If I have a linked pair of circles in $$\mathbb{R}^3$$, they can be unlinked in $$\mathbb{R}^4$$. Said differently, there is an isotopy in $$\mathbb{R}^4$$ between two strands which have been twisted, and two untwisted strands. Here is an ascii art picture!

a   b          a    b
|   |          |    |
\ /           |    |
\            |    |
/ \           |    |
|   |          |    |
|   |   ~~~>   |    |
\ /           |    |
\            |    |
/ \           |    |
|   |          |    |


I'll call this "the unlinking isotopy" (actually I don't know if it's unique, but I mean to use some chosen one throughout).

Now if I cross the two strands three times, I have two different isotopies to the once-crossed version. To clarify, let $$t$$ denote a single crossing, transposing $$a$$ and $$b$$. Then the picture above shows the first and last steps of an isotopy between $$t^2$$ and $$t^0$$. One can use this in two different ways to make an isotopy from $$t^3$$ to $$t^1$$.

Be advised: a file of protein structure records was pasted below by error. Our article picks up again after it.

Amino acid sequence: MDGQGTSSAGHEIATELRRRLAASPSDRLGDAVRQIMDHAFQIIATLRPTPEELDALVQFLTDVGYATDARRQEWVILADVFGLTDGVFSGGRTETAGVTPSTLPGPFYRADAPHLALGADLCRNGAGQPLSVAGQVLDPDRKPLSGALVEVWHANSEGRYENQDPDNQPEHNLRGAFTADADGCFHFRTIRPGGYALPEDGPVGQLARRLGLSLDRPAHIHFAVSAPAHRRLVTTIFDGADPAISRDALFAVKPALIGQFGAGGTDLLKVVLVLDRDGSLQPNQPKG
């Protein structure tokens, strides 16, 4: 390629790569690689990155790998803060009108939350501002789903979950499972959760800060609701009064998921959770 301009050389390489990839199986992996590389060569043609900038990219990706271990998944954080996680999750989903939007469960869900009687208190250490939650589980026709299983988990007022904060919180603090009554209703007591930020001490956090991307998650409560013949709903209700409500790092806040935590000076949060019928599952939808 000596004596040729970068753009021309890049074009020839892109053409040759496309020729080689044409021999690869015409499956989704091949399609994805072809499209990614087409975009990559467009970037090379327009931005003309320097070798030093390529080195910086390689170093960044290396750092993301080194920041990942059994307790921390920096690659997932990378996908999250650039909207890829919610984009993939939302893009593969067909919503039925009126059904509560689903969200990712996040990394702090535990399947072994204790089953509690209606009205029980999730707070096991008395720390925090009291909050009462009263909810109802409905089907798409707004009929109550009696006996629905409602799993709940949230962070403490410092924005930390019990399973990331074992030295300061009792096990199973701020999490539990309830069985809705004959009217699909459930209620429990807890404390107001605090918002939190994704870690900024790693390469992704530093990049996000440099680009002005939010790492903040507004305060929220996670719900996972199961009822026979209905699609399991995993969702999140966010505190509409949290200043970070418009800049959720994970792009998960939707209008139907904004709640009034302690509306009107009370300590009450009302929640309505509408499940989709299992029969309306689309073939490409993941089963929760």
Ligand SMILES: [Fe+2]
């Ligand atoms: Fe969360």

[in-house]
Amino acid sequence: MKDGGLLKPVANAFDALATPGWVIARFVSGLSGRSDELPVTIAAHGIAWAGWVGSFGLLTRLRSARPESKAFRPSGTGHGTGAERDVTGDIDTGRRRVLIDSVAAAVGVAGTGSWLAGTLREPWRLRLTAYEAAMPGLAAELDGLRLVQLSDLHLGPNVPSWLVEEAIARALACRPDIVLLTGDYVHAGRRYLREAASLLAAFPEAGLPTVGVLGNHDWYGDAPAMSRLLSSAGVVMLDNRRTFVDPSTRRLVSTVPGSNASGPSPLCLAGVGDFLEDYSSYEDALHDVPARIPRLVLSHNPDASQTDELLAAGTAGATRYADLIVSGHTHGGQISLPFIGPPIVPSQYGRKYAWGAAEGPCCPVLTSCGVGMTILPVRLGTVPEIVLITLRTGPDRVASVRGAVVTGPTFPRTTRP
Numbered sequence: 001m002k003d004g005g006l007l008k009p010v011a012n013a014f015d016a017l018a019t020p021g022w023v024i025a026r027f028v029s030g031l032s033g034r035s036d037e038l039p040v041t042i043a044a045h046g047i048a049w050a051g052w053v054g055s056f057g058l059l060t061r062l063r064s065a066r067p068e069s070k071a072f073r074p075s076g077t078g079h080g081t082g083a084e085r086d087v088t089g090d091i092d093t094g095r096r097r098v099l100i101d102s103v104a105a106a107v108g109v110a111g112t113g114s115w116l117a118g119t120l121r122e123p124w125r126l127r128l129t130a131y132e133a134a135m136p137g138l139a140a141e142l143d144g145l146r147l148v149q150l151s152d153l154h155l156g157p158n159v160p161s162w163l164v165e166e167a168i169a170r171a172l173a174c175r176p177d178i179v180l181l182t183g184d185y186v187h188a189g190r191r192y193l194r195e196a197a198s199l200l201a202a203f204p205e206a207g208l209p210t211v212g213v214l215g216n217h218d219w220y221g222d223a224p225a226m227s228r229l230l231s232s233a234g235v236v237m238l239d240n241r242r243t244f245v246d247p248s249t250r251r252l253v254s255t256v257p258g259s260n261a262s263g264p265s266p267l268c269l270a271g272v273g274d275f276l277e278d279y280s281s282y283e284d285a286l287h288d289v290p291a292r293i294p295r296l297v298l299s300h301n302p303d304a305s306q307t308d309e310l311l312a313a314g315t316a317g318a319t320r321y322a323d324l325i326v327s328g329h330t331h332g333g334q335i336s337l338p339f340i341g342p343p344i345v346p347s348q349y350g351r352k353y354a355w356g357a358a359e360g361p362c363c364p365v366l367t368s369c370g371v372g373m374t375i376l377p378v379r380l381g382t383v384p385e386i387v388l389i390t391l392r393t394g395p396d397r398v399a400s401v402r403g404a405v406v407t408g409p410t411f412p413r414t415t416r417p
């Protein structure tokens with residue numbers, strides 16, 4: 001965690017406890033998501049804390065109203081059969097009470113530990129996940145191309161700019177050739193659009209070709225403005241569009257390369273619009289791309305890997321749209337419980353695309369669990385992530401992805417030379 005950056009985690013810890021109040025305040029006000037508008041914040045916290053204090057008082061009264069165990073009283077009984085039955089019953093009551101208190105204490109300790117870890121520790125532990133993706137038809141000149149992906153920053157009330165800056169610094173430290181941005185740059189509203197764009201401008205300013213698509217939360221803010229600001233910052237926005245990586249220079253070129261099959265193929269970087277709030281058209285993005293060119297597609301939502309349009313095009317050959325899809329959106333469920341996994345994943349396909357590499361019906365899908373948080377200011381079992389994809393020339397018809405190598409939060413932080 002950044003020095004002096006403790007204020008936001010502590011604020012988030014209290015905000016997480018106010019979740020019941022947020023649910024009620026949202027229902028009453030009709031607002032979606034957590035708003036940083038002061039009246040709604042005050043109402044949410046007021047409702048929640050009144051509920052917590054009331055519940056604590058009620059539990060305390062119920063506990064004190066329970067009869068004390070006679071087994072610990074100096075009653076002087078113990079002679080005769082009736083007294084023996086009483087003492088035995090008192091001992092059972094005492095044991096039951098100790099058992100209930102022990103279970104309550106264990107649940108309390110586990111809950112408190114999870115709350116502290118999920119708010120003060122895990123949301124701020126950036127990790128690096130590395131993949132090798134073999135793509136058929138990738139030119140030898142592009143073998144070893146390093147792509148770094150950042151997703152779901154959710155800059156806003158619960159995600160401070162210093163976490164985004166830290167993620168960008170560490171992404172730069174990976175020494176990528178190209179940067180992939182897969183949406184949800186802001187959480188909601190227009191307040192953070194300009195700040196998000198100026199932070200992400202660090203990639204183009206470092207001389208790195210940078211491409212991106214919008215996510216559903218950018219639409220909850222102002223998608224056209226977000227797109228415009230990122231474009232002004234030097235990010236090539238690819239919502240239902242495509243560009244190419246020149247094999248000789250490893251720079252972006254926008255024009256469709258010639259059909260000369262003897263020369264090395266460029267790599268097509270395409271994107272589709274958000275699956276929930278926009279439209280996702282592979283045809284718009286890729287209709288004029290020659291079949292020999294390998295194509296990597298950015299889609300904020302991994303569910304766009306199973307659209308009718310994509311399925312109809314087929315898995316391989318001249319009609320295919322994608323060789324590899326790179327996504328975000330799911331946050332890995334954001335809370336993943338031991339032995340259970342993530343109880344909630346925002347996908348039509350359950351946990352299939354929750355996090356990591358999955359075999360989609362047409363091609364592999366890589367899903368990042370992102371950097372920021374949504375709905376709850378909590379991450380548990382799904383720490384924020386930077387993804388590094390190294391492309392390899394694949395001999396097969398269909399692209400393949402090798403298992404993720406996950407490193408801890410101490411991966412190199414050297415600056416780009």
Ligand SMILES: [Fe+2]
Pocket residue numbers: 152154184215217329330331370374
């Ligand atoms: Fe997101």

My question is whether these two isotopies are "the same", and in what sense. Consider the surfaces swept out by these two isotopies. Can one be deformed (isotoped?) to the other, while keeping the boundaries fixed?

I think maybe this should be possible in $$\mathbb{R}^5$$ but not $$\mathbb{R}^4$$. Maybe this can be answered as some sort of higher-dimensional linking; if so, please explain!

### Post script

My motivation is coming from Baez-Dolan's Tangle Hypothesis. In particular, I've wanted to give a geometric description for sylleptic monoidal structure in 2-categories (and in bicategories). This is an intermediate notion, between braided monoidal and symmetric monoidal, which doesn't appear for monoidal 1-categories.